New video captured hours before Michael Brown was killed shows the 18-year-old exchanging marijuana for cigarillos with the clerks of a Ferguson, Missouri, store, a documentary director told CNN on Monday.
Director Jason Pollock, whose film "Stranger Fruit" debuted at South by Southwest in Austin over the weekend, said the video shows that Brown did not rob the store before and that surveillance footage purporting to show Brown engaged in a robbery at the Ferguson Market and Liquor stores was actually video of Brown returning to the store to retrieve the cigarillos the clerks gave him.
"This is a shady store. We've asked a lot of people in this community. You can buy weed at the store," Pollock said.
About 100 protesters gathered at the store Sunday night, forcing it to close, and gunshots were heard before midnight, but no one appeared to be injured, according to the St. Louis Post-Dispatch.
Attorney: Footage manipulated
An attorney for the store and its employees is accusing Pollock of editing the video. CNN cannot independently confirm the video's authenticity.
Brown gave a bag containing the cigarillos back to the clerks.
The new surveillance footage, captured about 11 hours before Officer Darren Wilson fatally gunned down Brown in August 2014, shows Brown place a small bag on the counter. Two of the clerks pick it up and appear to sniff it.
The clerks then give Brown a bag with cigarillos, which he takes, but he then turns around and gives it back to them before leaving. According to Pollock, it was common for residents to barter with the clerks, and the younger clerks did not want an older clerk to know what they were up to.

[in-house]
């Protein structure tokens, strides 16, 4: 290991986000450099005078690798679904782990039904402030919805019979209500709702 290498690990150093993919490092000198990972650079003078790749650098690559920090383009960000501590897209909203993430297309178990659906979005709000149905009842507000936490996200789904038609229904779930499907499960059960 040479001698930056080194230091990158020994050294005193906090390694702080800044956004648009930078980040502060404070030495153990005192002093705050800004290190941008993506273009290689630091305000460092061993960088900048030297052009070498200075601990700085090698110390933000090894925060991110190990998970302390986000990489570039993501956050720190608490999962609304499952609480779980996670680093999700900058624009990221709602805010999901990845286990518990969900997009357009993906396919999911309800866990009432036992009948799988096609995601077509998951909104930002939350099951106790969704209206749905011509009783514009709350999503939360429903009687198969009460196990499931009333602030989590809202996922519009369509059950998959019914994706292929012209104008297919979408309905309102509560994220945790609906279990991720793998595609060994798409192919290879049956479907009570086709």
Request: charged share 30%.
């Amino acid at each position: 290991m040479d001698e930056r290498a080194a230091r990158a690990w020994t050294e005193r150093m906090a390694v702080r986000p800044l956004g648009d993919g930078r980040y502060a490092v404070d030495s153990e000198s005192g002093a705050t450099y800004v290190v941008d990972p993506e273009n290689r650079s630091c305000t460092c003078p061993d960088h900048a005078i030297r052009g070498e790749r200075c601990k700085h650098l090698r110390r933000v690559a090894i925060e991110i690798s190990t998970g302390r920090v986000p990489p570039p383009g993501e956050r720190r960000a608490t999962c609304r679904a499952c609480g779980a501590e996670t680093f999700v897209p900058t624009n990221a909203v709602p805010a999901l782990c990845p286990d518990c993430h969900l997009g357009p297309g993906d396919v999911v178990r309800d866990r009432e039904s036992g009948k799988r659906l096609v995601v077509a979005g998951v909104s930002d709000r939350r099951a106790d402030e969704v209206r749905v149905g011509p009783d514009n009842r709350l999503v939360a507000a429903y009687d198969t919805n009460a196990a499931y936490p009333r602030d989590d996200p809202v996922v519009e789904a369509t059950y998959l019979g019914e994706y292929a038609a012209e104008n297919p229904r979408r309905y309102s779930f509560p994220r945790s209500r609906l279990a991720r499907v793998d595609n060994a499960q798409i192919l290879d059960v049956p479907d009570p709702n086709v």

So, in the widely publicized video released after Brown's death, Brown was not stealing cigarillos, but rather, retrieving them after he'd left them in the store earlier, the filmmaker said.
'My clients did nothing wrong'
Attorney Jay Kanzler, who represents the store and employees, told CNN that the version of events in the documentary is false and that it has been edited to omit a clerk throwing a bag back to Brown.
"My clients did nothing wrong," Kanzler said. "They love the people of Ferguson and truly want to get on with their lives."
Kanzler was present at the market during the protests Sunday night. Video from the scene shows him speaking to people as protesters shout at him.
He said that the full surveillance video will be released Monday.
Pollock, however, stood by his claims, saying, "We show the entire exchange. We show the exchange from behind the counter. ... Anybody that sees it sees what happens.
Police: Video irrelevant
The Ferguson Police Department did not respond to CNN's request for comment. The St. Louis County Police Department told CNN regarding the video that they "cannot confirm its authenticity at this time." However, the department said the new footage isn't pertinent to its investigation.
"If it did occur, the incident is still irrelevant to our investigation because our department investigated the encounter between Michael Brown and Darren Wilson," St. Louis County Police said.
Then-Ferguson Police Chief Tom Jackson told the media days after Brown's death that the "robbery does not relate to the initial contact between the officer and Michael Brown." Wilson "connected" Brown to the robbery call only after pulling him over for walking in the street, the former chief said.
Kanzler claims the the soon-to-be-released video will refute the filmmaker's "edited version of events."
He adds that the video is "not new" and that the full video was handed over to police, the FBI and also the Brown family "very early on."
Protests erupted across the country after Brown's death.
Many were upset with the Ferguson Police Department's decision to release the original surveillance video of the altercation at the store because they felt it was aimed at justifying police use of force.
The original Ferguson Police report does not mention Brown's earlier visit to the store or speak to any additional video beyond what was initially released.
Wilson, who resigned from the Ferguson Police Department, claimed he was assaulted by Brown and that he feared for his life.
Both a grand jury and the U.S. Justice Department declined to indict Wilson.